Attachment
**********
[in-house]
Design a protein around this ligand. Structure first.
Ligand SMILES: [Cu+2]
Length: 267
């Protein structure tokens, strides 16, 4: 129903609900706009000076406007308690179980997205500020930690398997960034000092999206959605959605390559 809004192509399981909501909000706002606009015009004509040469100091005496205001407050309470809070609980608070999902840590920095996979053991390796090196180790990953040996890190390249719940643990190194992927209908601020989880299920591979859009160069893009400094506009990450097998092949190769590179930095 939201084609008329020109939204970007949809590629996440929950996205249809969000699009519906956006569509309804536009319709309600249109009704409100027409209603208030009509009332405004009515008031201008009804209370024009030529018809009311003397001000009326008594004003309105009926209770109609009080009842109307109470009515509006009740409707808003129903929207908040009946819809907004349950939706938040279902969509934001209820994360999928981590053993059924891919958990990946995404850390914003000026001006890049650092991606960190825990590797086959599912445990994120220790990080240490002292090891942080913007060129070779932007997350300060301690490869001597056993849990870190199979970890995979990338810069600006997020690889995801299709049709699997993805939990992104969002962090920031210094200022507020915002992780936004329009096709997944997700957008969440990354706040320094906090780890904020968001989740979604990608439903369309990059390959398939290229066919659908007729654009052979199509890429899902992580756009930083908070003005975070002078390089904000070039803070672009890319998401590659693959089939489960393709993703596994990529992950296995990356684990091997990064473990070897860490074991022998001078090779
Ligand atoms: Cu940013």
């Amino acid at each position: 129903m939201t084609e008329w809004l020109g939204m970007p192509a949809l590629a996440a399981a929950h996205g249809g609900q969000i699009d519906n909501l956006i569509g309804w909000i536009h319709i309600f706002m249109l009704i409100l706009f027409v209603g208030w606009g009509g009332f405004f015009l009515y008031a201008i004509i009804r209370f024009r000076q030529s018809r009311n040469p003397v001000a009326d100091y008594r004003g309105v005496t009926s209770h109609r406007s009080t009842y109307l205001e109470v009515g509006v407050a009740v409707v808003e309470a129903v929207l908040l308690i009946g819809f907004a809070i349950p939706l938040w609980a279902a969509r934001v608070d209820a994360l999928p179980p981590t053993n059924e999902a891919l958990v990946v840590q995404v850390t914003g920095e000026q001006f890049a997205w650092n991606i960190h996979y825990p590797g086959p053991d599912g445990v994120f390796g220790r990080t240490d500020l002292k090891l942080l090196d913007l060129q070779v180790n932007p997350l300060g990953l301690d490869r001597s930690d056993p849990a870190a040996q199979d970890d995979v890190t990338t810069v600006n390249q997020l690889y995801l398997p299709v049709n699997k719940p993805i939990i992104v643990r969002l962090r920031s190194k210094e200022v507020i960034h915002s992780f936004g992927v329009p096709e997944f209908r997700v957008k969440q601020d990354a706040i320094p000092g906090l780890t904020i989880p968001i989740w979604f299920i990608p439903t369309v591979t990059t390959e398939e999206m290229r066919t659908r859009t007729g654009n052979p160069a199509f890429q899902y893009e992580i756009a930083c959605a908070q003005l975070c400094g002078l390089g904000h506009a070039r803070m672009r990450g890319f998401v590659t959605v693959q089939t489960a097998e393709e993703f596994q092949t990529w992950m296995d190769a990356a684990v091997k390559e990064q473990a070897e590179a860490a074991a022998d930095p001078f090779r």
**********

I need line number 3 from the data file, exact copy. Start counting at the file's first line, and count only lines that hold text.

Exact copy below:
Ligand SMILES: [Cu+2]